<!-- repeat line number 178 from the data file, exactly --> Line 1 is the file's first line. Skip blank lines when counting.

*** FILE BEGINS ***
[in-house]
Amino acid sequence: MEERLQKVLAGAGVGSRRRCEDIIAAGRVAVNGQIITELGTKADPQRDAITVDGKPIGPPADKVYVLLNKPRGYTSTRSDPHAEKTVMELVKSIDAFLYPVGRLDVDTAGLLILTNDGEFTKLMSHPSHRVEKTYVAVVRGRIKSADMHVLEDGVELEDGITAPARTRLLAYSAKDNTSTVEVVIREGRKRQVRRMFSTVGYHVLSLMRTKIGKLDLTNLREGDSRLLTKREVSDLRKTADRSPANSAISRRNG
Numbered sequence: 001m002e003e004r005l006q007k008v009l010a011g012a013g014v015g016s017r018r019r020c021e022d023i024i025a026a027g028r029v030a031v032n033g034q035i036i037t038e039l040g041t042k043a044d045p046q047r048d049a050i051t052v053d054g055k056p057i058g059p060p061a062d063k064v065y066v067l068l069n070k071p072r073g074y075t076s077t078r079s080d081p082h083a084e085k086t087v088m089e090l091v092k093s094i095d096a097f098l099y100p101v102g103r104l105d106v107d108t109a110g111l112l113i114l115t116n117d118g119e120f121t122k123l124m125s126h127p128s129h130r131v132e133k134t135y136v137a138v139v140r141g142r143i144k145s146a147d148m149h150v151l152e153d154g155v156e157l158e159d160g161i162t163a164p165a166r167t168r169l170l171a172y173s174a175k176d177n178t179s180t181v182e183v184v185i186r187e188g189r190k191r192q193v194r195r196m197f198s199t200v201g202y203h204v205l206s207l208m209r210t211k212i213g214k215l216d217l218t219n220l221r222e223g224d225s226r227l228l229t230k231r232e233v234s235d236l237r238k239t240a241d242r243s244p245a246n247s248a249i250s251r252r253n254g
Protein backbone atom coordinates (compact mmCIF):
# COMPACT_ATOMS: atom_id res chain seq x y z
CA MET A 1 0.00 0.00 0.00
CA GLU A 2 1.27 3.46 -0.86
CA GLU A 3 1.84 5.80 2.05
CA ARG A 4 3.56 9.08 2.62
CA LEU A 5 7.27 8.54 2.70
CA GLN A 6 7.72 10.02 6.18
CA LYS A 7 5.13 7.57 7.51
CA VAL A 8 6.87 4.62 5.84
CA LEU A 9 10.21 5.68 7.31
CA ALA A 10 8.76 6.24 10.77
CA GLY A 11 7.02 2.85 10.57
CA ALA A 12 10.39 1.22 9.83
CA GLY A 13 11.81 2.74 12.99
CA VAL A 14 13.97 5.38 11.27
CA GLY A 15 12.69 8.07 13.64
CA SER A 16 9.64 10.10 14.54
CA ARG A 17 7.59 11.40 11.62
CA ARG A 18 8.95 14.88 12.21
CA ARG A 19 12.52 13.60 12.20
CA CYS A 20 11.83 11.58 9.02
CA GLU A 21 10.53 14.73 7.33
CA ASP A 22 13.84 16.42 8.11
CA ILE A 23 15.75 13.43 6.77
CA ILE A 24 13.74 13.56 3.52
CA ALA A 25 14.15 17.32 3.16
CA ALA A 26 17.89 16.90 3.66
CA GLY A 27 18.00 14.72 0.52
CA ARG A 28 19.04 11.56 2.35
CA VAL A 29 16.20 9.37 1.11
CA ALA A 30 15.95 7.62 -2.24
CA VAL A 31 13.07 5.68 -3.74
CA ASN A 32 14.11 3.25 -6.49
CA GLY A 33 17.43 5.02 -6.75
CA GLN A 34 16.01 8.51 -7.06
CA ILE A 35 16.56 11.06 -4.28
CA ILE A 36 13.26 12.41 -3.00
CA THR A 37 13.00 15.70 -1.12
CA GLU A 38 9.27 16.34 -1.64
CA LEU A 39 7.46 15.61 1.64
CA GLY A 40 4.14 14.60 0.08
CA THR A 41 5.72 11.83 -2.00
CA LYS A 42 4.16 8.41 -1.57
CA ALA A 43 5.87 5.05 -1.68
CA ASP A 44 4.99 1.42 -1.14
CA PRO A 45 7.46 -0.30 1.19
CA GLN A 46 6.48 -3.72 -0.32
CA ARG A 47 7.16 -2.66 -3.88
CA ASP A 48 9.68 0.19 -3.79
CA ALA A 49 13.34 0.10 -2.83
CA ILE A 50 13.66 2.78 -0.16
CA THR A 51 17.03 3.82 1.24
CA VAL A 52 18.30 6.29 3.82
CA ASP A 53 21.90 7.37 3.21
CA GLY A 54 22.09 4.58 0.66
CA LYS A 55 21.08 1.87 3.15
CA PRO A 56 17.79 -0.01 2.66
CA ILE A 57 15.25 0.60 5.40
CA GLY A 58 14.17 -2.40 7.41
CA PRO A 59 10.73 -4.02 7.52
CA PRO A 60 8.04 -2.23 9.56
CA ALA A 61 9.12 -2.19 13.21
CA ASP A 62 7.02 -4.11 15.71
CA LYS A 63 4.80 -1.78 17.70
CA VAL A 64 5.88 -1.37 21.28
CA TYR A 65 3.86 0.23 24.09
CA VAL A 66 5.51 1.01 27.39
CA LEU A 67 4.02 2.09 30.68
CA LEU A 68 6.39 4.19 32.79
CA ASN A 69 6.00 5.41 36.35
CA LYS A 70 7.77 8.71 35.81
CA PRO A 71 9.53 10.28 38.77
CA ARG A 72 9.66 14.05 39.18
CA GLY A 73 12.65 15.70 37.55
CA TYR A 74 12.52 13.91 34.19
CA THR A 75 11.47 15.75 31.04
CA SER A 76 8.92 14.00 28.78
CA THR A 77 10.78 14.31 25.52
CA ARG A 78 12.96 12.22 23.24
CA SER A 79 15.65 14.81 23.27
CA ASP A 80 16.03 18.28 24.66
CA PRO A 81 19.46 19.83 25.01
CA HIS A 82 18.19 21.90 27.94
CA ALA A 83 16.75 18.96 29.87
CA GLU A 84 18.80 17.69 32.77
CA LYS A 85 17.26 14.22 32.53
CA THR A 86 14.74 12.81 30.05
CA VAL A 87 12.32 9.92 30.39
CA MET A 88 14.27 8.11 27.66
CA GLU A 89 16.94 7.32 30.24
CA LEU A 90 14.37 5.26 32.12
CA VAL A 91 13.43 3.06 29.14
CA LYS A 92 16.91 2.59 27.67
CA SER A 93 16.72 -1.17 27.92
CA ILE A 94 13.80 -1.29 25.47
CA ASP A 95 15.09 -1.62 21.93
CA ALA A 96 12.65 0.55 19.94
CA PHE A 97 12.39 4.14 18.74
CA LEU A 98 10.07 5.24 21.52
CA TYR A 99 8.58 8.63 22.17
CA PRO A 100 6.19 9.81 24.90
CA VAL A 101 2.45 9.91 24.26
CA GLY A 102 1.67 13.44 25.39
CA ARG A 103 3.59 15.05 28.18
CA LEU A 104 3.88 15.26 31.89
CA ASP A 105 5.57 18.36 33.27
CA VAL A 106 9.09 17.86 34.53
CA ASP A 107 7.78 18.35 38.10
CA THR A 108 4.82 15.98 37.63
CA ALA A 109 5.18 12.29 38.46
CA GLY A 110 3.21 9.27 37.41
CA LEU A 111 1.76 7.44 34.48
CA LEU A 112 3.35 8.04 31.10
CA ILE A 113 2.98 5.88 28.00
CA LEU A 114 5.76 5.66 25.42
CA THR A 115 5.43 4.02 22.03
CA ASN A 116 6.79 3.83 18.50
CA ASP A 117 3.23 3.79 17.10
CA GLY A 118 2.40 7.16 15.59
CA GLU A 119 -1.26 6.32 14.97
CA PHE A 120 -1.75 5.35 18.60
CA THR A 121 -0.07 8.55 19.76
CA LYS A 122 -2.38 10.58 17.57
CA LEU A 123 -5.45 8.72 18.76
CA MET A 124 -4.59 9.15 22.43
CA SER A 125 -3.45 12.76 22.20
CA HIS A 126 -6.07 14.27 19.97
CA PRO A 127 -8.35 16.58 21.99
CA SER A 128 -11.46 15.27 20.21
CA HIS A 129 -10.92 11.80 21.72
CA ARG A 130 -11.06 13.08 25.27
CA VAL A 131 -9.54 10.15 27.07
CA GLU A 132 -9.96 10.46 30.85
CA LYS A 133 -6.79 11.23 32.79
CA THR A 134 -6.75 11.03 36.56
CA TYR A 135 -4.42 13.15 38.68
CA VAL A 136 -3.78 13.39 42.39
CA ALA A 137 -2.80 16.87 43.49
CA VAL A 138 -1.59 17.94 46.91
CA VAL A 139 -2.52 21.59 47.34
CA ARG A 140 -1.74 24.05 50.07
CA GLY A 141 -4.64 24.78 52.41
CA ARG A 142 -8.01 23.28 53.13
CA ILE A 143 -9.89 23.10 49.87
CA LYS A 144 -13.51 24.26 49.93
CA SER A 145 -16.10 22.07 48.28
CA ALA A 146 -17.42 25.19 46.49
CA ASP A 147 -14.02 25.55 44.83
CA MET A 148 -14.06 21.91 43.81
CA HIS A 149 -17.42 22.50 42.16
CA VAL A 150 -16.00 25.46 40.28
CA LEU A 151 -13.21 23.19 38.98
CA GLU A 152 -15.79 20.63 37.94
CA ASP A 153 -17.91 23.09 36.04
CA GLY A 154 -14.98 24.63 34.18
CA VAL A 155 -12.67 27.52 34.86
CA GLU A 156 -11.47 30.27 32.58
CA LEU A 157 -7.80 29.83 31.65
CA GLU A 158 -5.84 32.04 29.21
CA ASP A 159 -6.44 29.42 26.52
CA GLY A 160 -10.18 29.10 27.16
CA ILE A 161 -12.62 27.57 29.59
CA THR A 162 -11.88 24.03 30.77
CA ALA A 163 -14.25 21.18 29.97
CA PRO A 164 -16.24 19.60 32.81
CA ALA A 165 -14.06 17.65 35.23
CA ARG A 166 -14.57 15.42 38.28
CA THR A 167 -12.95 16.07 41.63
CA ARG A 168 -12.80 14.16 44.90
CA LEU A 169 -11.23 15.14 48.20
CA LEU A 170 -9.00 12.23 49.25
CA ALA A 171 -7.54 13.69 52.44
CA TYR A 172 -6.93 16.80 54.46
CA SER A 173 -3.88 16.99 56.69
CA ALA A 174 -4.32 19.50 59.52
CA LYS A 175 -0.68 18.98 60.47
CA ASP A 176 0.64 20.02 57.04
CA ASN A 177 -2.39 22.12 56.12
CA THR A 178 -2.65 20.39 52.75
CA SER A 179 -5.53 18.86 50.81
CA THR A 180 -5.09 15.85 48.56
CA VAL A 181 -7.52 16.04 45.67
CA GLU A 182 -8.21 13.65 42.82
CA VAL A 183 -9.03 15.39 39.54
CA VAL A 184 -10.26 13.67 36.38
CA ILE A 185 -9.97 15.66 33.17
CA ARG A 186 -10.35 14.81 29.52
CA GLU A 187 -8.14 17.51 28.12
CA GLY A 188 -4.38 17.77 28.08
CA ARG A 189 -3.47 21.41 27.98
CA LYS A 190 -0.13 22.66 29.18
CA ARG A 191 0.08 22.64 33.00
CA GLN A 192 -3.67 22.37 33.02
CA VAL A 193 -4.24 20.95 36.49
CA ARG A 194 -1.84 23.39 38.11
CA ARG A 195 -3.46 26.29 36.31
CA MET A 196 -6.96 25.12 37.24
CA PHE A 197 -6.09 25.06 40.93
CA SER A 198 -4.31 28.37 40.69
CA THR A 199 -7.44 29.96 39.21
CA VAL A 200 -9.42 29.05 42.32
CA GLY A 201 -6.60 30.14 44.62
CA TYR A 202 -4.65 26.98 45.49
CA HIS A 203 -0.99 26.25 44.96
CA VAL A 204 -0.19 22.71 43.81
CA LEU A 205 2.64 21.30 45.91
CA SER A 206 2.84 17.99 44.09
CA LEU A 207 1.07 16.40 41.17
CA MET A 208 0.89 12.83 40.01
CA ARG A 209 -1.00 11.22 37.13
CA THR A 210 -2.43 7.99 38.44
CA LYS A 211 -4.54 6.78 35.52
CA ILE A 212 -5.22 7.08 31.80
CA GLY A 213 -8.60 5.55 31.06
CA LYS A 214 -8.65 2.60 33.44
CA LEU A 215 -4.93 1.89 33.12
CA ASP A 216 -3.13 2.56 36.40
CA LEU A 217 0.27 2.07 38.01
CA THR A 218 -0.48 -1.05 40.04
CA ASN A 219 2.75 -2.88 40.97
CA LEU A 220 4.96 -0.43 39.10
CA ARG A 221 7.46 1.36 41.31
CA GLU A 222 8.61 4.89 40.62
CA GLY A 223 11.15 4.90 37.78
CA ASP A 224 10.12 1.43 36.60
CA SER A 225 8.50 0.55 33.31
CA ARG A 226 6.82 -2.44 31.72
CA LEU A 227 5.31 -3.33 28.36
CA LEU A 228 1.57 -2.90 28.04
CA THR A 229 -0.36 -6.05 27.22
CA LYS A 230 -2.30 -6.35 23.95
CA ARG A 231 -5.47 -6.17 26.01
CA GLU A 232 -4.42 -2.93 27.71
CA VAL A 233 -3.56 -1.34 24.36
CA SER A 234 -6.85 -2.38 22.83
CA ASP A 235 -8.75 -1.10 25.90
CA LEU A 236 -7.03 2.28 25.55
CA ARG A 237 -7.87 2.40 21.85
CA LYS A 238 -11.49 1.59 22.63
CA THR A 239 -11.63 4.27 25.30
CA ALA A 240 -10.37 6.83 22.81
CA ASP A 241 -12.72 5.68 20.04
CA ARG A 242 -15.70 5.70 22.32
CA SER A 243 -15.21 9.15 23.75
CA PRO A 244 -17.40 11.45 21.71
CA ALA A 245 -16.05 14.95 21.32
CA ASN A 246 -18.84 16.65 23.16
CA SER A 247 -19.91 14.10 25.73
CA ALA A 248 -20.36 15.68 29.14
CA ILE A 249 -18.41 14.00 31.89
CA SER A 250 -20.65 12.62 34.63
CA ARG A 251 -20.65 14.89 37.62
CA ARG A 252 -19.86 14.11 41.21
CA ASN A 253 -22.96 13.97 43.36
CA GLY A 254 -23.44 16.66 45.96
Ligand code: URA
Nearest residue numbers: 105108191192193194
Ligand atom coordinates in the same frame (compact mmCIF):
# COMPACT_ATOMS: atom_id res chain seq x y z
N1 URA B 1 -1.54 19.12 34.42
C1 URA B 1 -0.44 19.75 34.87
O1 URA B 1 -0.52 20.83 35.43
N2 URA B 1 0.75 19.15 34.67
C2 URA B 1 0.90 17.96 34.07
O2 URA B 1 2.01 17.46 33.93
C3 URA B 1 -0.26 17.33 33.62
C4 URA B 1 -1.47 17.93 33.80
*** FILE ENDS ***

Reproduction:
CA SER A 173 -3.88 16.99 56.69